A little tip: If there’s a museum show you’re interested in, look for a “family guide” or “classroom guide” on the website. They’re often offered as free, downloadable PDFs and have good images and information without museum “artspeak.”
I was intrigued by Gretchen Rubin’s Met Museum Experiment, in which she plans to visit the Met every day of this year that she’s in NYC. (She lives within walking distance.)
Her experiment and her goals — to waken her senses, to learn about art, to explore the building space, to see more clearly, though she doesn’t feel she’s a visual person — got me thinking about how I like to visit museums.
Here are 3 things I do that make my museum experiences much richer:
1. Draw, draw, draw! When you try to draw something, even with just a rough sketch, you really have to look at it, and you notice all kinds of things you don’t by just standing around gawking at it. I always have a pocket notebook and a pencil or two with me. (Many museums don’t let you use pen or marker in the galleries.) I stand and copy the art I like, often just swiping a detail here and there from different pieces. (I write more about drawing and “slow looking” in chapter 5 of Keep Going.)
2. Enlist a small child to guide you through the museum. Kids are alive to the world in ways we aren’t as adults. They’re also lower to the ground, so their perspective is literally different. (More on this: “The 5-year-old docent” and “Borrow a kid.”)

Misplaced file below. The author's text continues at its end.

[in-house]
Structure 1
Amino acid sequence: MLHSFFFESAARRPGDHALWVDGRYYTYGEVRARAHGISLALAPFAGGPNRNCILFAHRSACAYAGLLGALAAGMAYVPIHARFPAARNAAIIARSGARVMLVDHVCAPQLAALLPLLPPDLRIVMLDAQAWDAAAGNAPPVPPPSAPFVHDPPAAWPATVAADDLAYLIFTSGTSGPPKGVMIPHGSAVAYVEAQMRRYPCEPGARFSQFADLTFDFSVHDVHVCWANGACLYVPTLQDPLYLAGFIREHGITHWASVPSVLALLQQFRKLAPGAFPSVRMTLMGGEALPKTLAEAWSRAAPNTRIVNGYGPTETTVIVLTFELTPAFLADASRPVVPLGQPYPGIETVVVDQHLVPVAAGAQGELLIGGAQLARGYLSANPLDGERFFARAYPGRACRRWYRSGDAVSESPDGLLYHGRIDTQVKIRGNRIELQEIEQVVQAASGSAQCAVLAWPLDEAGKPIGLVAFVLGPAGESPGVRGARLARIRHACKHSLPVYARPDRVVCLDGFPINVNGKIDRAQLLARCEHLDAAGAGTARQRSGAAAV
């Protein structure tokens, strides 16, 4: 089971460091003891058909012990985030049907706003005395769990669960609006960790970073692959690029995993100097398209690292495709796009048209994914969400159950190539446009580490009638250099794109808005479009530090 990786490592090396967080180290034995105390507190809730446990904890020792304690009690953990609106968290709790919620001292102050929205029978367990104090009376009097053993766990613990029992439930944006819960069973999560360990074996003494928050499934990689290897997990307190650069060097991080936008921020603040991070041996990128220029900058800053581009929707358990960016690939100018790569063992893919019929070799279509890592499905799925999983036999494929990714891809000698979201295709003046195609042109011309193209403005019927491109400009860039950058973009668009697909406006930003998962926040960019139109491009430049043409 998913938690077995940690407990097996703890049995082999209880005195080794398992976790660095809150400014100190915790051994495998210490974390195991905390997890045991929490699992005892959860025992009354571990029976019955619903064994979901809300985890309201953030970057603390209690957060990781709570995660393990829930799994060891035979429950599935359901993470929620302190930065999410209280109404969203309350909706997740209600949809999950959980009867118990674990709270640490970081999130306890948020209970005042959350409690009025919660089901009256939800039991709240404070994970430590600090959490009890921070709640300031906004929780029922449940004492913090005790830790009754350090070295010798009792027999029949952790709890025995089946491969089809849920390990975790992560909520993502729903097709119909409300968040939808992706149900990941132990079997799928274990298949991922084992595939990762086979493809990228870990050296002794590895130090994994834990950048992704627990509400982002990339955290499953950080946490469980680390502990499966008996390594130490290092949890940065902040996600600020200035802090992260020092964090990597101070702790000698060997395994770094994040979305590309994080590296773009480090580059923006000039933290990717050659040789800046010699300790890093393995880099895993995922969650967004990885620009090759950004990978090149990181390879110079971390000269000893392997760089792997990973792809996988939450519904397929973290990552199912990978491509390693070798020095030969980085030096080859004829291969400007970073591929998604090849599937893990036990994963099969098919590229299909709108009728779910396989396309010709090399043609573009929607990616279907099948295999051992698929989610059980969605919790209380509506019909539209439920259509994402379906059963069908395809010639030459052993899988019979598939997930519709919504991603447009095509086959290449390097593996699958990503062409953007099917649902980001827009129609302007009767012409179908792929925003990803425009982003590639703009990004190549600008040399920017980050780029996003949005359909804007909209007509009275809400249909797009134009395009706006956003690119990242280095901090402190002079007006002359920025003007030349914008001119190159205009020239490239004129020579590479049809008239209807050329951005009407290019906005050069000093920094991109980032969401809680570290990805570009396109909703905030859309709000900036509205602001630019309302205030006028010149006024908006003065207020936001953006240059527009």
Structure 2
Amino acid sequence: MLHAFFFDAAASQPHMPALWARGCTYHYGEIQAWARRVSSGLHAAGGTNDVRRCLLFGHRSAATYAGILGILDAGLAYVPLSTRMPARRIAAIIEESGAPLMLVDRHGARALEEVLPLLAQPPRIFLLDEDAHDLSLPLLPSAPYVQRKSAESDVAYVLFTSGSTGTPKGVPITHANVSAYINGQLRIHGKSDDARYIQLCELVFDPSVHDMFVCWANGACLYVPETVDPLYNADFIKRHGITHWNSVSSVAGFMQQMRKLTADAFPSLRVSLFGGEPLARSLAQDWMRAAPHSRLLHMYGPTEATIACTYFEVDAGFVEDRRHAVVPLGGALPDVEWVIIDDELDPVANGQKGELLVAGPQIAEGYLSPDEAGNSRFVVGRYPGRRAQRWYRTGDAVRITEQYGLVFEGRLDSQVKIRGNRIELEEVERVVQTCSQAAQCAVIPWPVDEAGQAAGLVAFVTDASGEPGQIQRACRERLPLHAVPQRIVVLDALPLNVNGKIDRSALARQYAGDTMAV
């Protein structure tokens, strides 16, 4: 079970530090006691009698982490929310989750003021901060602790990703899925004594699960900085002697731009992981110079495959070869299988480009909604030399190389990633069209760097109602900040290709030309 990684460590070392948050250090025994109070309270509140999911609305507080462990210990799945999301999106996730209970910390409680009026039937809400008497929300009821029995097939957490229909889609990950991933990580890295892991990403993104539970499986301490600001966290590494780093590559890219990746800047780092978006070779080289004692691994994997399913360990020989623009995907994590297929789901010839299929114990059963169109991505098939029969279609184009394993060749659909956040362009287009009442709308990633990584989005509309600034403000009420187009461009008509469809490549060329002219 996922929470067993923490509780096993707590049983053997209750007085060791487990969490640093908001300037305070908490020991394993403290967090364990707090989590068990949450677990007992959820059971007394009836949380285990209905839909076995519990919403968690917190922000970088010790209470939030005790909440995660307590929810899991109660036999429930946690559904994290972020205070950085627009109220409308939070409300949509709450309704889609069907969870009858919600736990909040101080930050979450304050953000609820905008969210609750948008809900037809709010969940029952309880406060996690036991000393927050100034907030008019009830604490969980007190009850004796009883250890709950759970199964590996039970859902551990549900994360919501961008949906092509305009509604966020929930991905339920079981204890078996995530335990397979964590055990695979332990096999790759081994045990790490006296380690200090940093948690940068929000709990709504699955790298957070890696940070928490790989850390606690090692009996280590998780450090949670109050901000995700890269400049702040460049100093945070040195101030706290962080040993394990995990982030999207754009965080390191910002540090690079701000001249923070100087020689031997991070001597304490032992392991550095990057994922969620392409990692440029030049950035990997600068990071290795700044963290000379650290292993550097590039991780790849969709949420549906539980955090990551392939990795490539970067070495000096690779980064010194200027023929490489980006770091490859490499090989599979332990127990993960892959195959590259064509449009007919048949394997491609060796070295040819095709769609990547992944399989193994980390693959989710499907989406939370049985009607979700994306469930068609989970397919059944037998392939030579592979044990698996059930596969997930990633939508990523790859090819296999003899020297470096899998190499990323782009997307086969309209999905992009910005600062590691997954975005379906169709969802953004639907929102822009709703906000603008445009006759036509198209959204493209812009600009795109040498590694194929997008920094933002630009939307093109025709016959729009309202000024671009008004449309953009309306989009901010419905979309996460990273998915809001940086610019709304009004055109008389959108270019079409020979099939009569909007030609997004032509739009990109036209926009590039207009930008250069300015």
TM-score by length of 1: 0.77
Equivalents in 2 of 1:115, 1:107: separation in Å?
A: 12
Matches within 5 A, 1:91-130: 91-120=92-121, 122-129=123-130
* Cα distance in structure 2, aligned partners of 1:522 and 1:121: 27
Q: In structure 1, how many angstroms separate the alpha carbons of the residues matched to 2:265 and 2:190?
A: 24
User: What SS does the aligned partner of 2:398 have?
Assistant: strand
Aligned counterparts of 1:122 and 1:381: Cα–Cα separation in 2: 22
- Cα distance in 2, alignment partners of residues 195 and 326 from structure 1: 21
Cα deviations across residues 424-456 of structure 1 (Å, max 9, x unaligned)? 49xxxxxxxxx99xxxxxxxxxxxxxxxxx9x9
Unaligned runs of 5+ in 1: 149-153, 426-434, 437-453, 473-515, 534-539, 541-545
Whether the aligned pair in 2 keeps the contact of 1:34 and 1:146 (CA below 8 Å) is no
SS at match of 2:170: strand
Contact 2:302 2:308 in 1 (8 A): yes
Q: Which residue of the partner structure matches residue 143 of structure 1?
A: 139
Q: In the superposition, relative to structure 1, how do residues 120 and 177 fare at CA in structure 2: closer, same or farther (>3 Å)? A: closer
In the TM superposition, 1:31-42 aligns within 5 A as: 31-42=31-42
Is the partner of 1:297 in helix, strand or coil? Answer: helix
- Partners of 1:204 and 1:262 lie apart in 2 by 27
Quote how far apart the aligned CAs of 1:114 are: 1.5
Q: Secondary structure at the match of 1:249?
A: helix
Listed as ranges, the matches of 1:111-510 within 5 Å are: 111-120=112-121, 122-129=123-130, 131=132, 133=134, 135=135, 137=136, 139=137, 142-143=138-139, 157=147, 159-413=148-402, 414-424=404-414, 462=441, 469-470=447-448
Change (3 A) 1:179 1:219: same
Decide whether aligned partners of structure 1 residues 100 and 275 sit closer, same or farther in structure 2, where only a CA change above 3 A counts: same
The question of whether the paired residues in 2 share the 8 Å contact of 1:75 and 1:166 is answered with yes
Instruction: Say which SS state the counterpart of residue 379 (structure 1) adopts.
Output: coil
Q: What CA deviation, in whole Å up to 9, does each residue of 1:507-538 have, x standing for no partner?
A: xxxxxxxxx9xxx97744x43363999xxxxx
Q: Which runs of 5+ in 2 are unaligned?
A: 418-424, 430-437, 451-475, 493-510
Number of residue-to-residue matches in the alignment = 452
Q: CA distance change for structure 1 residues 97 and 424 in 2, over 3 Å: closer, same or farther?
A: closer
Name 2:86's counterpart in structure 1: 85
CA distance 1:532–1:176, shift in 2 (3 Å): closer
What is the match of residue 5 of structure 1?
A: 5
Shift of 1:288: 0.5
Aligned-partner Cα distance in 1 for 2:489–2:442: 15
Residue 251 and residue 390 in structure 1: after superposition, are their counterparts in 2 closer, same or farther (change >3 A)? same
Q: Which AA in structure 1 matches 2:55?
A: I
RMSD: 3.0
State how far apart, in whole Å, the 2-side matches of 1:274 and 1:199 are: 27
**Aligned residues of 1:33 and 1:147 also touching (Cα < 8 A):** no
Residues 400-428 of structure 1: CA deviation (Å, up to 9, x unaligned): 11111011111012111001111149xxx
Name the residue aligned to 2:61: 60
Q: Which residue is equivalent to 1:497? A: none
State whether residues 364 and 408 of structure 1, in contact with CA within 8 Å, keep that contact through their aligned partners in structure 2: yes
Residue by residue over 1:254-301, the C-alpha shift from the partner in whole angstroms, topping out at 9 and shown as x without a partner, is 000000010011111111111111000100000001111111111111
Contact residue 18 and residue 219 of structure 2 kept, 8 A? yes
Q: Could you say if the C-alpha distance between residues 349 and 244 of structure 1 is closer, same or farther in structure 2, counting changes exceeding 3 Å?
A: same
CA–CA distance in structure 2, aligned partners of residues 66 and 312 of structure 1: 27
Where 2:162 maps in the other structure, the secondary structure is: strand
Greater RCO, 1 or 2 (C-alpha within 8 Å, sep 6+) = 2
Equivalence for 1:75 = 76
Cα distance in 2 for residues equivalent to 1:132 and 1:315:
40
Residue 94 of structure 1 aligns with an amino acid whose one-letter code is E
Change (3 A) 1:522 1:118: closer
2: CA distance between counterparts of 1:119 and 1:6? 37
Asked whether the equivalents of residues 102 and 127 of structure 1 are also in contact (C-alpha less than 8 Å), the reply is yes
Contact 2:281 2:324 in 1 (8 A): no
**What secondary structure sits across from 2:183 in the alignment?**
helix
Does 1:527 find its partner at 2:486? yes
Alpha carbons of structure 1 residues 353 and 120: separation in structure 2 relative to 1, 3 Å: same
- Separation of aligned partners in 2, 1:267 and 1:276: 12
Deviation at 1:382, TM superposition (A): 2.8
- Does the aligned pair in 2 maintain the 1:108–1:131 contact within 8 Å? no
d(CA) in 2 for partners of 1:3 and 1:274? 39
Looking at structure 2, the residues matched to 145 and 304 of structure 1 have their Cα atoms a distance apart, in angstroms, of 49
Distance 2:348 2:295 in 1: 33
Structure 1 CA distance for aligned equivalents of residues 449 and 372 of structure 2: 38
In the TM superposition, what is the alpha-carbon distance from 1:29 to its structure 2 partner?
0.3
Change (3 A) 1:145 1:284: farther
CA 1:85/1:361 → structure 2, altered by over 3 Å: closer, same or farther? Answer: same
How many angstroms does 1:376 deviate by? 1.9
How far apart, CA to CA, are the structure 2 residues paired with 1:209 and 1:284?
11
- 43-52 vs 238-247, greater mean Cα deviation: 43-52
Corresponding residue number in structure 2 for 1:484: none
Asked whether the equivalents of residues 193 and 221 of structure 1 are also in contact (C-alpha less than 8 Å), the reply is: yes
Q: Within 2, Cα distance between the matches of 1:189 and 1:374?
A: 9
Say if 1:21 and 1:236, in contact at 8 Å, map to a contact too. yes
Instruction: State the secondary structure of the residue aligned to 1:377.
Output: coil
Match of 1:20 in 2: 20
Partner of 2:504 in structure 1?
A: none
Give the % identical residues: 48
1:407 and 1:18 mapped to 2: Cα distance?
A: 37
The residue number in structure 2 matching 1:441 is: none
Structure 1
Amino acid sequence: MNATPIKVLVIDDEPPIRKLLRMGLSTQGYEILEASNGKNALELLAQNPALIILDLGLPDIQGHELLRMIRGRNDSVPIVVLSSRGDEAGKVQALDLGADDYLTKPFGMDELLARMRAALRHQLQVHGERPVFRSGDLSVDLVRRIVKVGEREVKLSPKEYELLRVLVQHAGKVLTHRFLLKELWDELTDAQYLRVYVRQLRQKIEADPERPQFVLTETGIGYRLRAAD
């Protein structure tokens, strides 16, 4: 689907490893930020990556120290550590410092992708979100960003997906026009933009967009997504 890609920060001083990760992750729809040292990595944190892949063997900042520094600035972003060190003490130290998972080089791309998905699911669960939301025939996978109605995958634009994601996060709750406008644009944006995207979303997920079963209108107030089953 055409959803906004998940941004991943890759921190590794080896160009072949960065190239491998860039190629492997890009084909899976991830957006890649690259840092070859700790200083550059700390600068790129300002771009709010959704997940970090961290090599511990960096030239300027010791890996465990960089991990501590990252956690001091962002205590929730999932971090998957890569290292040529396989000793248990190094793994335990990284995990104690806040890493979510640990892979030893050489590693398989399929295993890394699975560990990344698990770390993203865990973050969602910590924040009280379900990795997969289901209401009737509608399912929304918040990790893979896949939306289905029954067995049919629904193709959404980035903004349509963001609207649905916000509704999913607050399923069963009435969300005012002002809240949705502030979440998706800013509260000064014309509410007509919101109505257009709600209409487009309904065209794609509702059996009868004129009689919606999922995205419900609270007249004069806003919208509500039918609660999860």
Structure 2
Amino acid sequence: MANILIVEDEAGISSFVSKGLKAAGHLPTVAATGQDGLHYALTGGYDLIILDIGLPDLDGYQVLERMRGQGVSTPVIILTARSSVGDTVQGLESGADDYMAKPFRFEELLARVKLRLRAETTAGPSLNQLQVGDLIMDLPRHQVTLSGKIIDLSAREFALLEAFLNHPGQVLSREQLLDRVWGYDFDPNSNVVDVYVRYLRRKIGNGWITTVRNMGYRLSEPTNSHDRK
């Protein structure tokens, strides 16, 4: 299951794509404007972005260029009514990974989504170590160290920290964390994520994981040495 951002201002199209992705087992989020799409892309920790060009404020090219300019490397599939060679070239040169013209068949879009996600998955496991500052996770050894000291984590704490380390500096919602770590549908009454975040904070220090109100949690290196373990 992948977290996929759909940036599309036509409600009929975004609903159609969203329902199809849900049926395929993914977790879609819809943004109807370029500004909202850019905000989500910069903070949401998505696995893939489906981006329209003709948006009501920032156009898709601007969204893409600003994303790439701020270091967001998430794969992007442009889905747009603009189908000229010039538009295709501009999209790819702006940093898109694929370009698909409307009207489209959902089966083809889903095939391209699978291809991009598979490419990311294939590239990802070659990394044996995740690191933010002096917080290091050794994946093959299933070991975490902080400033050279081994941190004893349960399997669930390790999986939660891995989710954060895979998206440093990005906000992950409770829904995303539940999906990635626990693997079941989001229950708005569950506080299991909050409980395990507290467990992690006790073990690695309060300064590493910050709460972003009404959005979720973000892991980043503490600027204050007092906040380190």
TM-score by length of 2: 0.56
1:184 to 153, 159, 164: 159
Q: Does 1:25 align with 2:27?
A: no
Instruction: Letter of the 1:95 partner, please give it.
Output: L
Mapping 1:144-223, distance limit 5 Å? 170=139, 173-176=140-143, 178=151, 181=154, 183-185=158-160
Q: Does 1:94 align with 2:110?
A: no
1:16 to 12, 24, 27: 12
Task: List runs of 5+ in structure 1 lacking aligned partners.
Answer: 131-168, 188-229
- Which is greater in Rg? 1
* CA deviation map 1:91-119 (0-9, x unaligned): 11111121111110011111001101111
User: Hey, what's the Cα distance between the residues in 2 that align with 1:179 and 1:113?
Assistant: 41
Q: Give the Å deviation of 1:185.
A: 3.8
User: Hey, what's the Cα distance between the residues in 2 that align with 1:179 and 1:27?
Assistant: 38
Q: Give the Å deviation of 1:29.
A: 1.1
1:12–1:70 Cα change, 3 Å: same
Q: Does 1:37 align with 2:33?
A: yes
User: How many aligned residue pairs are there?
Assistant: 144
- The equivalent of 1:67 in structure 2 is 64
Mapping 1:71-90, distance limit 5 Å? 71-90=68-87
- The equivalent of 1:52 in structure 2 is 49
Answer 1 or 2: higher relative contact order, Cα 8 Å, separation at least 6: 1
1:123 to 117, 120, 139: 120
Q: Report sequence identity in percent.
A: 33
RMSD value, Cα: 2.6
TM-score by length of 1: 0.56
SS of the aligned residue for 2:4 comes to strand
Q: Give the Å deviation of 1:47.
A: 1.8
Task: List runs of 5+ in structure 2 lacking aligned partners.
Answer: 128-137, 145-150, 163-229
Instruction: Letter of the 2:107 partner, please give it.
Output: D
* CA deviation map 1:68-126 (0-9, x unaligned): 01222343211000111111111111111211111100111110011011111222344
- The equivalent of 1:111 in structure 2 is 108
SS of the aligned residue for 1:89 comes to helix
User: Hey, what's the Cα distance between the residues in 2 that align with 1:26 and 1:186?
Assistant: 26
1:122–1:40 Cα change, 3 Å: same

3. Don’t read the label before you look at the art. Watch people the next time you’re in a museum gallery. They almost always look at the labels first! Don’t do this. Use your own eyes first. Let yourself be drawn towards what is genuinely interesting to you. Spend time looking at a piece without having someone else’s words messing with your looking. (More on this in Edward Tufte’s essay, “Seeing Around.”)
A fun Family Circus from 1972, shared by @KurtBusiek.
It reminds me of this spread from a 1963 LIFE magazine (see my post: “Borrow a kid”):
It also reminds me, with its subtle poke at modern art — and the supposed gap between “high” art in museums vs. the “low” art of the comics page — of Ad Reinhardt’s art comics collected in How To Look. (See some of them here.)
Here’s “How to Look at an Artist.”:
With comics now being accepted as their own art form, there are still those who need “high/low” distinctions of taste within it. A lot of folks — including me! — roll their eyes at Family Circus, but Lynda Barry drew a really beautiful appreciation in The Best American Comics 2008:
I loved Family Circus because I lived in a violent, difficult home. I used to look at that little circle and think, ‘Goddam! How can I get into there from where I am?
And tells this story:
I’d always heard that great art will cause people to burst into tears but the only time it ever happened to me was when I was introduced to Bil Keane’s son, Jeff. As soon as I shook his hand I just started bawling my face off because I realized I had climbed through the circle.
And how I did it was by making pictures and writing stories. To me the Family Circus has always been my wished for family. My soul family in the image world…
COMICS ARE MIRACULOUS!!! They are IMMUNE SYSTEMS! They are TRANSPORT SYSTEMS!!! They are TIME TRAVELING DEVICES!!
“I never went to an art school. I failed the art courses that I did take in school. I just looked at a lot of things. And that’s how I learnt about art, by looking at it.”